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thinkALONG! 5 December

Updated: Dec 7, 2023

A TUESDAY FEATURE

hosts: Muskaan Ahuja, Lakshmi Iyer

guest editor: Billie Dee


Please note:


Only the unpublished poems (that are never published on any social media platform/journals/anthologies) posted here for each prompt will be considered for Triveni Haikai India's monthly journal -- haikuKATHA, each month.


Poets are requested to post poems that adhere to the prompts/exercises given.


Only 1 poem to be posted in 24 hours. Total 2 poems per poet are allowed each week (numbered 1,2). So, revise your poems till 'words obey your call'.


If a poet wants feedback, then the poet must mention 'feedback welcome' below each poem that is being posted.


Responses are usually a mixture of grain and chaff. The poet has to be discerning about what to take for the final version of the poem or the unedited version will be picked up for the journal.


The final version should be on top of the original version for selection.


Poetry is a serious business. Give you best attempt to feature in haikuKATHA !!

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A Brief History of Bashō 's Karumi


One of the more difficult haikai concepts to grasp, karumi translates literally as “lightness.” This is not to be confused with the Western term “light verse,” such as greeting card rhymes or humorous quips. Instead, karumi is “light-hearted” and “light-handed,” avoiding heavy or flowery diction and imagery, while embracing the everyday speech and experience of common folk.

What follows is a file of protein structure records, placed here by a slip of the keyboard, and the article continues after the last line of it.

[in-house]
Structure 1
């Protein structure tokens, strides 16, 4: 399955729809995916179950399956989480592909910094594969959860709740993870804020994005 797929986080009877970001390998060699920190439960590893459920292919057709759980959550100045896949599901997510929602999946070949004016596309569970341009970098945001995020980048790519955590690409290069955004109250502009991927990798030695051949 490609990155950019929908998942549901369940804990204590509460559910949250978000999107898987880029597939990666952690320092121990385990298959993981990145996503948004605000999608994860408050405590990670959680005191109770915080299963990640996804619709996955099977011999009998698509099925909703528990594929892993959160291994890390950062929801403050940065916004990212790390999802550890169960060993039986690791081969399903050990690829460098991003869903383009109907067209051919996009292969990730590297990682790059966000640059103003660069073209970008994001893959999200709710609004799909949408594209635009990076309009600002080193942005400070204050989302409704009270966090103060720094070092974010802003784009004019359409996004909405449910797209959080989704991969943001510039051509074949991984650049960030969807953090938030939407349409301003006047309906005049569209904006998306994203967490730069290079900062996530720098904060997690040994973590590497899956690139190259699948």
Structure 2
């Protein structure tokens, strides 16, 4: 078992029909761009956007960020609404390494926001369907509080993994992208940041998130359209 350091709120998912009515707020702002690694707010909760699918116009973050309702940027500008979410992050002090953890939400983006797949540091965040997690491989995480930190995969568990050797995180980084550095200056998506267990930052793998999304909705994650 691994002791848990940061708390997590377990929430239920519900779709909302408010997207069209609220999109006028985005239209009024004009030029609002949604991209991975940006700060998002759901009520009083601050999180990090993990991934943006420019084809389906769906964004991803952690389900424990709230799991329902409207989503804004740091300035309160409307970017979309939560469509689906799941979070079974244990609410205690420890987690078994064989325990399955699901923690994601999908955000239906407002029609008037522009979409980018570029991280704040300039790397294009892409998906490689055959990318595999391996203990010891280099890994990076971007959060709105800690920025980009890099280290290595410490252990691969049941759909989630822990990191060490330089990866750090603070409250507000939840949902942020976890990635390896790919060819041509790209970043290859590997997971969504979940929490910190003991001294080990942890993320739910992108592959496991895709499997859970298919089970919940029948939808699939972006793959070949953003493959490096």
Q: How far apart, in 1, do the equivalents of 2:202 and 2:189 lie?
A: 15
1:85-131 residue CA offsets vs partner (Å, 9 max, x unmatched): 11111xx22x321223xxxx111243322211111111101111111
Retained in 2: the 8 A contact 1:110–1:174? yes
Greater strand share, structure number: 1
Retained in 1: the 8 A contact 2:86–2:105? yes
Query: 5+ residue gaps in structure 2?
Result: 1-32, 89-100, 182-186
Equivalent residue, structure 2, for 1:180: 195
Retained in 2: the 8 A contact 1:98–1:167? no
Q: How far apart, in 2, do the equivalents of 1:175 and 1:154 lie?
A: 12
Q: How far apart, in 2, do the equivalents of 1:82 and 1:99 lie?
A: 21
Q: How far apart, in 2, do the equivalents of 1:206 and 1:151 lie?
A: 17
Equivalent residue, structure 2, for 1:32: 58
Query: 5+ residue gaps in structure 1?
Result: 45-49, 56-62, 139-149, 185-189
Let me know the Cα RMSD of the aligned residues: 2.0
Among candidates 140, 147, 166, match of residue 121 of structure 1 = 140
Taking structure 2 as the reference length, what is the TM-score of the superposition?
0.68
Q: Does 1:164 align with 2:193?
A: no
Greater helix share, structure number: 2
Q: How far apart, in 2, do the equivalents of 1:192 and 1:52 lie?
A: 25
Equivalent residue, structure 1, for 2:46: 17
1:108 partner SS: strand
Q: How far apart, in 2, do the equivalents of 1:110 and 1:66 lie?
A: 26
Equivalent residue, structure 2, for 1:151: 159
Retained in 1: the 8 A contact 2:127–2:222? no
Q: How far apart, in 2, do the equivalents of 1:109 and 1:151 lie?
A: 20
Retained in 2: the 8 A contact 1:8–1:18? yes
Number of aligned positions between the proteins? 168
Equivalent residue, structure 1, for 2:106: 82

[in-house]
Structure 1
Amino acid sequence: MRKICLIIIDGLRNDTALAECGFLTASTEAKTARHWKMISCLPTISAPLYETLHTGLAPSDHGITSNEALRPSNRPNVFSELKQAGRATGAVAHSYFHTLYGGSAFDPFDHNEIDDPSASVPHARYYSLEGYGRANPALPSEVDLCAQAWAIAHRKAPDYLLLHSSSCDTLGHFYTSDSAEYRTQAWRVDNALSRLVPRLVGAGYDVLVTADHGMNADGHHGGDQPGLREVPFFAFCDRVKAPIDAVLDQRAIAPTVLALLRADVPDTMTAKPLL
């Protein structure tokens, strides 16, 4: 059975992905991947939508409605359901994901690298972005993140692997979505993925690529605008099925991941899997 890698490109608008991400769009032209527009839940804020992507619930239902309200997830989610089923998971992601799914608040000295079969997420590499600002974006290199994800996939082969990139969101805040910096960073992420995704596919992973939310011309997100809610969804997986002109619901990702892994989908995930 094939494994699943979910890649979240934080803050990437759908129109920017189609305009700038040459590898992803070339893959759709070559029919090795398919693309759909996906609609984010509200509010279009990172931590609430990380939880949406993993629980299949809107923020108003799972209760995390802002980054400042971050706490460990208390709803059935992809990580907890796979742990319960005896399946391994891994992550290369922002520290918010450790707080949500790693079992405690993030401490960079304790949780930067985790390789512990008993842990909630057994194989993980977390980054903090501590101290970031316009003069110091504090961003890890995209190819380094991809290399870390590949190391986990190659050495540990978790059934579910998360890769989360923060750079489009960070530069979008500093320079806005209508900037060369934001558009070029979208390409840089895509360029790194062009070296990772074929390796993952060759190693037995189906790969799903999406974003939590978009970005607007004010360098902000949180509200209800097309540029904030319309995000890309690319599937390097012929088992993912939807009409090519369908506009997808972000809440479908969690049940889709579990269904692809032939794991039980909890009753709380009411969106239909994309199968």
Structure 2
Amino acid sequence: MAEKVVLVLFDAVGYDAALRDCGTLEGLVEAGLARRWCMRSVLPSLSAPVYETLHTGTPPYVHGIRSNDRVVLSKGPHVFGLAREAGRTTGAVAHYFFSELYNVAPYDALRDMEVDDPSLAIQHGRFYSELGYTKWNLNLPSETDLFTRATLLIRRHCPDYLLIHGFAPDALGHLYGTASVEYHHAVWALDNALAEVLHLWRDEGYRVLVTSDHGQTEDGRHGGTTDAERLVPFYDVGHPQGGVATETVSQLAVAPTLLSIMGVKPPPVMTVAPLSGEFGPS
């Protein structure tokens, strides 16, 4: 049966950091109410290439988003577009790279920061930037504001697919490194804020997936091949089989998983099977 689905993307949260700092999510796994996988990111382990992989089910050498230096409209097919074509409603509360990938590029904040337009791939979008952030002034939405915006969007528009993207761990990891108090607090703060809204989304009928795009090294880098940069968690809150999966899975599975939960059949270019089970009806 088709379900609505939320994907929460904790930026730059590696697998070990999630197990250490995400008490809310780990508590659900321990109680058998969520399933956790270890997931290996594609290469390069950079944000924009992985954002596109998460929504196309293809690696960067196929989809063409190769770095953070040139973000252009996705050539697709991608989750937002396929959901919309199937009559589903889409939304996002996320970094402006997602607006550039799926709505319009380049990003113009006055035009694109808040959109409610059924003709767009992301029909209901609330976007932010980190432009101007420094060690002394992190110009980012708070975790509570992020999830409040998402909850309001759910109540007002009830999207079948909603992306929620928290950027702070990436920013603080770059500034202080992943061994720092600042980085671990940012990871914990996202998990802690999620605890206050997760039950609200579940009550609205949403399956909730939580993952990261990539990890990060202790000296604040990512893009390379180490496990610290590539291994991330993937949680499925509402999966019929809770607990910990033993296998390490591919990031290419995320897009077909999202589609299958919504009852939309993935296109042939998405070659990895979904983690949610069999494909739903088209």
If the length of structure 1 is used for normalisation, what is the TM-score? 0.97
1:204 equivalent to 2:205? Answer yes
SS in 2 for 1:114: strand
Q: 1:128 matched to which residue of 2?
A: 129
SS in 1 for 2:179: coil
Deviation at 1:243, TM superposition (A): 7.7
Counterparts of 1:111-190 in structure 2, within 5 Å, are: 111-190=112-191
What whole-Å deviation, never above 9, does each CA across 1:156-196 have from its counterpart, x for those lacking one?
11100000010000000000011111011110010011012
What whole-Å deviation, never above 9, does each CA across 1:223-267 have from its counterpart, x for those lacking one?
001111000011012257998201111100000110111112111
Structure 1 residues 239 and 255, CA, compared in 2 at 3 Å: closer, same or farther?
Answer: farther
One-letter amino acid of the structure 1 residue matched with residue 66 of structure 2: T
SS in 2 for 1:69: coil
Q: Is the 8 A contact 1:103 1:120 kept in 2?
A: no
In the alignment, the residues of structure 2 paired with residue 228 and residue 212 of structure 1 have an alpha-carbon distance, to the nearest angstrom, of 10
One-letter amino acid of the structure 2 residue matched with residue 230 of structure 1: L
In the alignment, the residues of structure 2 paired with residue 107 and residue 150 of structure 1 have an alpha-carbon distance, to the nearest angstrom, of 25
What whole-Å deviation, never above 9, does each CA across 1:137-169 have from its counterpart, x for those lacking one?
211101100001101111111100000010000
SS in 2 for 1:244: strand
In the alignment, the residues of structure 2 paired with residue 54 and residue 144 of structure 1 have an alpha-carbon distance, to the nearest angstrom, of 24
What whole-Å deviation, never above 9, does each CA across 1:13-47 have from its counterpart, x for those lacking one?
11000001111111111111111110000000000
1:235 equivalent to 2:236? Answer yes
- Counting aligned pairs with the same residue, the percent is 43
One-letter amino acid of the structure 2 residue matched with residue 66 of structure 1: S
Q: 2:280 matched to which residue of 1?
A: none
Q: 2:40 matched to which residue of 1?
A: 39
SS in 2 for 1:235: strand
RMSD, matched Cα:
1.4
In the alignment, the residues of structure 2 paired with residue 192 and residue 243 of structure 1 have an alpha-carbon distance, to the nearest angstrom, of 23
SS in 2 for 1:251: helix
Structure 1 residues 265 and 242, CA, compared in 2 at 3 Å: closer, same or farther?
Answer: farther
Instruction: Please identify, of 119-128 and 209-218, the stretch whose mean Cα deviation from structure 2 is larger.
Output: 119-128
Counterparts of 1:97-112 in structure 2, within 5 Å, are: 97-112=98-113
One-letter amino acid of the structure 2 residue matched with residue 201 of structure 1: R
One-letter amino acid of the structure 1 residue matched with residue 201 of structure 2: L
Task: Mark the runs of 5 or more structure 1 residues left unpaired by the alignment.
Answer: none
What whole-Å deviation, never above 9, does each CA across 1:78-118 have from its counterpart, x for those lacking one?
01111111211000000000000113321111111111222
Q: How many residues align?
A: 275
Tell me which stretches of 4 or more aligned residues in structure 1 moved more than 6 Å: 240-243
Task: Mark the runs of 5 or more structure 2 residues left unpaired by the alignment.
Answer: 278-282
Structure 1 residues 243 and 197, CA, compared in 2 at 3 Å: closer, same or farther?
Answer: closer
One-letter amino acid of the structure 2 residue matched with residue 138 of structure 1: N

In the last years of his life, Matsuo Bashō worked obsessively to perfect a new style of poetic expression through the balance of two basic precepts: sabi and karumi.



come, butterfly it’s late— we’ve miles to go together


— Bashō (1644-1694) tr. Lucien Stryk



Bashō’s revisionist teachings greatly influenced future generations of haijin, particularly Kobayashi Issa. From its beginnings as a humble pejorative term, karumi comes to full fruition in poems such as:


goes out, comes back— the love life of a cat


—Issa (1763-1828) tr. Robert Hass


Here, karumi defines the difference between the subtle and the banal, the child-like and the childish.



Prompt: Share one of your treasured classical haikai and tell us how it inspires you to employ karumi in your own work. Learning to analyze poetry is one of the best techniques to improve your own writing. You may, of course, post two of your own karumi-based poems here.


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103 Kommentare


strange these clouds

they move every which way

fruit flies


Richard L. Matta

USA

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mona bedi
mona bedi
12. Dez. 2023

Post #1

12.12.23


warm night --

the twinkling conversations

of fireflies


Feedback appreciated:)

Mona Bedi

India

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Kalyani
Kalyani
11. Dez. 2023

11.12.23


#1

another search

for mom's half-knit cardigan

- transient winter


Feedback welcome

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lakshmi iyer
lakshmi iyer
09. Dez. 2023

#2, revised, 11/12


wading in moonlight

her child counts stars---

cloudless sky


Lakshmi Iyer, India


9/12, original


her child counts the stars,

whilst she wades in the sea light

high autumn sky


Lakshmi Iyer, India

feedback please

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lakshmi iyer
lakshmi iyer
24. Dez. 2023
Antwort an

Yes Billie, sorry for the late reply.

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a child on a sled

on the crest of a plow berm—

school snow day


Linda Papanicolaou, US

#2, 12/9/23

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lakshmi iyer
lakshmi iyer
09. Dez. 2023
Antwort an

Very subtle.

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